An established in vitro growth-limiting system, which mimics the reduced activity of keratinocytes associated with diminished hair-growth,10 was employed to investigate the influence of hair-growth-promoting combinations on cellular processes, aiming to elucidate the compound effects at a molecular level. The minimal growth medium (MGM) in this culture system omits all compounds provided by a marketed hair-growth formulation. As in vitro correlate (IC) of this oral hair-growth formulation a combination of L-cystine, thiamine, calcium D-pantothenate, and folic acid (a presumed metabolite of PABA)9 was supplemented to MGM thus providing a system to analyze compound effects in an in vitro cell model. In this study, we choose to determine compound affected cellular processes in the hair follicle-derived keratinocytes, the HHFKs.
Initially, we performed a phenotypic characterization of cultured cells by analyzing metabolic activity, proliferation, and de novo DNA synthesis of HHFKs after treatment with IC. When compared to HHFKs cultivated in MGM it was found that cultivation of HHFKs in IC promoted metabolic activity (Figure 1A), DNA content (Figure 1B), and BrdU incorporation (Figure 1C) in a concentration-dependent manner. The treatment with the tested compounds caused a 1.4–2.3-fold increase in metabolic activity, a 1.9–2.9-fold increase in DNA content, and a 3.6–41.0-fold increase in de novo DNA synthesis (Figure 1). The enhanced proliferative and metabolic activities reflect a robust characteristic of the IC treatment and confirm that the use of the chosen in vitro model system is useful to show significant compound-dependent effects on keratinocytes derived from hair follicles.
Impact of IC on Gene Expression
In order to elucidate the cellular processes that may underlie the effects of IC on HHFKs on a molecular level, we conducted a whole-genome gene expression study by employing an Agilent whole human genome oligo microarray. The microarray data revealed differential expression of 1278 reporters, of which 707 were induced and 571 were repressed after IC treatment. Moreover, 153 of the induced and 83 of the suppressed reporters revealed a more than 10-fold difference in expression (Figure 2A). Subsequently, IC-regulated reporters were then clustered into functional groups to identify biological processes and signaling pathways that are affected by the IC compounds. This functional grouping revealed that the majority of differentially expressed genes are associated with cell proliferation, cell viability and cell stress (Figure 2B). The regulation of the functional group associated with proliferation and cell cycle agrees well with the observed increased cell proliferation caused by IC treatment (Figure 1).
Cell Proliferation Enhancing Effect of IC
Since the functional grouping of differentially expressed genes supports our initial finding that IC has an influence on the proliferation/cell cycle of HHFKs, we additionally validated our expression data using selected genes coding for proliferation-promoting (cyclin-dependent kinase 1 (CDK1),11 Holliday junction recognition protein (HJURP),12 centromere protein A (CENPA))13 and proliferation-inhibiting proteins (Kruppel-like factor 4 (KLF4))14.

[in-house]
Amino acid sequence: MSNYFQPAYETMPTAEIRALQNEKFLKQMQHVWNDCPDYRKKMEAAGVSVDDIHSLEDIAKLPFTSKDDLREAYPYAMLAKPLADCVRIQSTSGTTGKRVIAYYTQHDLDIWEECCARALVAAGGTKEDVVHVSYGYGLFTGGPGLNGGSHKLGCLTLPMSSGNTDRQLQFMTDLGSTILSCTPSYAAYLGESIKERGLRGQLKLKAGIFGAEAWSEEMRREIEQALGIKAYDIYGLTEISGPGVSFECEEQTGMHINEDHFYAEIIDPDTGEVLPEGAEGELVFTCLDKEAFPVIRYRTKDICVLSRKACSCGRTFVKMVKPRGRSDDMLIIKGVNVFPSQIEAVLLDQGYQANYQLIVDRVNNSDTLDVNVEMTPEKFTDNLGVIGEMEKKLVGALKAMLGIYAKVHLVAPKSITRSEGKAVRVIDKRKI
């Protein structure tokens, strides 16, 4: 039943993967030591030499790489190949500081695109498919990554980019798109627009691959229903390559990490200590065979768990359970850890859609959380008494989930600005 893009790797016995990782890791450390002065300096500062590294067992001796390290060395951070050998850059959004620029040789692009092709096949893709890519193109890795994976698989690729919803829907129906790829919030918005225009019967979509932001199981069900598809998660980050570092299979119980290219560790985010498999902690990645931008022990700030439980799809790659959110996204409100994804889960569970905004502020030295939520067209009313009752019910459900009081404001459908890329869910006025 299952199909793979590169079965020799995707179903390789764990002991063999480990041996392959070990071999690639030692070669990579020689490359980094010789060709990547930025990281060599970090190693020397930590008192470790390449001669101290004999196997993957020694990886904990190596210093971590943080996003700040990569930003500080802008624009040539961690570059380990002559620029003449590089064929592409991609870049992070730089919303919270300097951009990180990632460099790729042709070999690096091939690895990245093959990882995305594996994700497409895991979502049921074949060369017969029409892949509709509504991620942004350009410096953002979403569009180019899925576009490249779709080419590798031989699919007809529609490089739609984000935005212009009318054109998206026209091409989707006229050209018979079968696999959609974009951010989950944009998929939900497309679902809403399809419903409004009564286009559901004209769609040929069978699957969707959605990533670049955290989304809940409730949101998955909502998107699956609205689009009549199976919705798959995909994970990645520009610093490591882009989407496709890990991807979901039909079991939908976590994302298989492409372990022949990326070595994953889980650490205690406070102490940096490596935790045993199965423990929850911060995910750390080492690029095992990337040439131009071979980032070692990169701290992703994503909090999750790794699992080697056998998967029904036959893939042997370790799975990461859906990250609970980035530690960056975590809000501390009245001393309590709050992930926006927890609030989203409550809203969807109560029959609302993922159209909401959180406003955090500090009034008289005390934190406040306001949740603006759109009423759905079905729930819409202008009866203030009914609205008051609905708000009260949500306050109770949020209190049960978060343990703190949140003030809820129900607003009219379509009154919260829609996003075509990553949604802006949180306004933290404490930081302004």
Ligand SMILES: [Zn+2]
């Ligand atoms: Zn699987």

We confirmed the enhanced expression of cdk1 (18.36-fold), HJURP (48.88-fold) and cenpA (14.8-fold) after IC treatment, which was demonstrated in the gene expression study, by qPCR analysis (Figure 3A and B). In contrast to these examples of induced genes, the gene coding for KLF4, a negative regulator of the cell cycle,14 showed a decrease in expression in the presence of IC (Figure 3A and B). Additional immunoblot analysis of CDK1 and HJURP confirms that the increase in mRNA levels after IC treatment correlates with enhanced protein levels (Figure 3C, D and Supplementary Figure 2). In summary, our data show that IC treatment has a positive impact on proliferation and cell cycle of hair follicle-derived keratinocytes.
Positive Influence of IC on Cell Viability
Besides the regulation of proliferation, the functional grouping also revealed an influence of IC on the gene group ‘cell death’. For confirmation of this finding, the differentially expressed genes chac1 and tnfrsf6b detected in the microarray analysis were selected because of their known regulatory roles in programmed cell death (apoptosis). While the pro-apoptotic protein cation transport regulator-like protein 1 (CHAC1) can modulate the AIF-PARP apoptotic pathway,15 tumor necrosis factor receptor superfamily member 6B (TNFRSF6B) is an anti-apoptotic protein.16 In comparison to HHFKs treated with MGM alone, the microarray analysis revealed a higher expression of tnfrsf6b and a lower expression of chac1 in IC-treated HHFKs, which was confirmed by qPCR (Figure 4A and B). Immunoblot analysis demonstrated that the differential expression of chac1 is reflected on the protein level as well (Figure 4C and Supplementary Figure 3). Together these data underline the positive role of the IC compounds in improving the general cell viability at different levels (promotion of proliferation and prevention of programmed cell death).